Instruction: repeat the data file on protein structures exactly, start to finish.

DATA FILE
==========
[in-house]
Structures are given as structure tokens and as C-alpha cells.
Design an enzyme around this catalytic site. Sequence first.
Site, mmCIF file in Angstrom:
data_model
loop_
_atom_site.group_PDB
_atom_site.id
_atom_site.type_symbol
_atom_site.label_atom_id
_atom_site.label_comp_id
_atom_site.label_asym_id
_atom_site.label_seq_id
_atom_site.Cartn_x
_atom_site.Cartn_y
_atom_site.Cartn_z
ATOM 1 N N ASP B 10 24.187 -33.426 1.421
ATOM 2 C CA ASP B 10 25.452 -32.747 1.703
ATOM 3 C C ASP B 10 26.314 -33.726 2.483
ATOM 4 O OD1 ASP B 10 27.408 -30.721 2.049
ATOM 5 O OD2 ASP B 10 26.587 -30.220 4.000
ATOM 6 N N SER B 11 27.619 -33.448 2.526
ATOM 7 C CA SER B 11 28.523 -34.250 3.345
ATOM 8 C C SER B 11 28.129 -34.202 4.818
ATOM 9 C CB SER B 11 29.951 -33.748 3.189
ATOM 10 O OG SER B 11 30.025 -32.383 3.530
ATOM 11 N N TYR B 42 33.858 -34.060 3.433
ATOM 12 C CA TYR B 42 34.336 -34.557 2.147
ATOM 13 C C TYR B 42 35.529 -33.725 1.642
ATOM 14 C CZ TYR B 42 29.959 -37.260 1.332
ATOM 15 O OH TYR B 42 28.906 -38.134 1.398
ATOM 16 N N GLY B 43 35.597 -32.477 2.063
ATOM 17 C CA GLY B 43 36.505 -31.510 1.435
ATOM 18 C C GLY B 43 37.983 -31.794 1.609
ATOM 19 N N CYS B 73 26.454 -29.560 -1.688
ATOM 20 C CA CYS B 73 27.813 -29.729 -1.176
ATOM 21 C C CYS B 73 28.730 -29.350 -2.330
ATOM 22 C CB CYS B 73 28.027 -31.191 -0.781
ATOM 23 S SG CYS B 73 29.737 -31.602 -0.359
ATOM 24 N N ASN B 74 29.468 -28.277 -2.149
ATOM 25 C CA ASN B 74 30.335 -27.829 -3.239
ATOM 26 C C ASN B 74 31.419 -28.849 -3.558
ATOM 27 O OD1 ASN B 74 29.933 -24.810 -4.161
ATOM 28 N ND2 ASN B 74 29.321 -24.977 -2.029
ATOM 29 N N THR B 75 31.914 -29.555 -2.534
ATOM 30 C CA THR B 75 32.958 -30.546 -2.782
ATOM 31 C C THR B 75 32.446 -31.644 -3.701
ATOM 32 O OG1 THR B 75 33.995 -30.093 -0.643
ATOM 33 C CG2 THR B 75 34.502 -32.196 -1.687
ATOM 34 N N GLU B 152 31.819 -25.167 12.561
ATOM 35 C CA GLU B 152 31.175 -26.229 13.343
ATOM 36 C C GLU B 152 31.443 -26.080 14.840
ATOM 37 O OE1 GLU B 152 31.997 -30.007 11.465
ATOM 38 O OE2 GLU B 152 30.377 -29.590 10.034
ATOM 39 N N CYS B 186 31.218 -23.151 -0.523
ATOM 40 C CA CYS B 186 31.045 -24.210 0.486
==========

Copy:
[in-house]
Structures are given as structure tokens and as C-alpha cells.
Design an enzyme around this catalytic site. Sequence first.
Site, mmCIF file in Angstrom:
data_model
loop_
_atom_site.group_PDB
_atom_site.id
_atom_site.type_symbol
_atom_site.label_atom_id
_atom_site.label_comp_id
_atom_site.label_asym_id
_atom_site.label_seq_id
_atom_site.Cartn_x
_atom_site.Cartn_y
_atom_site.Cartn_z
ATOM 1 N N ASP B 10 24.187 -33.426 1.421
ATOM 2 C CA ASP B 10 25.452 -32.747 1.703
ATOM 3 C C ASP B 10 26.314 -33.726 2.483
ATOM 4 O OD1 ASP B 10 27.408 -30.721 2.049
ATOM 5 O OD2 ASP B 10 26.587 -30.220 4.000
ATOM 6 N N SER B 11 27.619 -33.448 2.526
ATOM 7 C CA SER B 11 28.523 -34.250 3.345
ATOM 8 C C SER B 11 28.129 -34.202 4.818
ATOM 9 C CB SER B 11 29.951 -33.748 3.189
ATOM 10 O OG SER B 11 30.025 -32.383 3.530
ATOM 11 N N TYR B 42 33.858 -34.060 3.433
ATOM 12 C CA TYR B 42 34.336 -34.557 2.147
ATOM 13 C C TYR B 42 35.529 -33.725 1.642
ATOM 14 C CZ TYR B 42 29.959 -37.260 1.332
ATOM 15 O OH TYR B 42 28.906 -38.134 1.398
ATOM 16 N N GLY B 43 35.597 -32.477 2.063
ATOM 17 C CA GLY B 43 36.505 -31.510 1.435
ATOM 18 C C GLY B 43 37.983 -31.794 1.609
ATOM 19 N N CYS B 73 26.454 -29.560 -1.688
ATOM 20 C CA CYS B 73 27.813 -29.729 -1.176
ATOM 21 C C CYS B 73 28.730 -29.350 -2.330
ATOM 22 C CB CYS B 73 28.027 -31.191 -0.781
ATOM 23 S SG CYS B 73 29.737 -31.602 -0.359
ATOM 24 N N ASN B 74 29.468 -28.277 -2.149
ATOM 25 C CA ASN B 74 30.335 -27.829 -3.239
ATOM 26 C C ASN B 74 31.419 -28.849 -3.558
ATOM 27 O OD1 ASN B 74 29.933 -24.810 -4.161
ATOM 28 N ND2 ASN B 74 29.321 -24.977 -2.029
ATOM 29 N N THR B 75 31.914 -29.555 -2.534
ATOM 30 C CA THR B 75 32.958 -30.546 -2.782
ATOM 31 C C THR B 75 32.446 -31.644 -3.701
ATOM 32 O OG1 THR B 75 33.995 -30.093 -0.643
ATOM 33 C CG2 THR B 75 34.502 -32.196 -1.687
ATOM 34 N N GLU B 152 31.819 -25.167 12.561
ATOM 35 C CA GLU B 152 31.175 -26.229 13.343
ATOM 36 C C GLU B 152 31.443 -26.080 14.840
ATOM 37 O OE1 GLU B 152 31.997 -30.007 11.465
ATOM 38 O OE2 GLU B 152 30.377 -29.590 10.034
ATOM 39 N N CYS B 186 31.218 -23.151 -0.523
ATOM 40 C CA CYS B 186 31.045 -24.210 0.486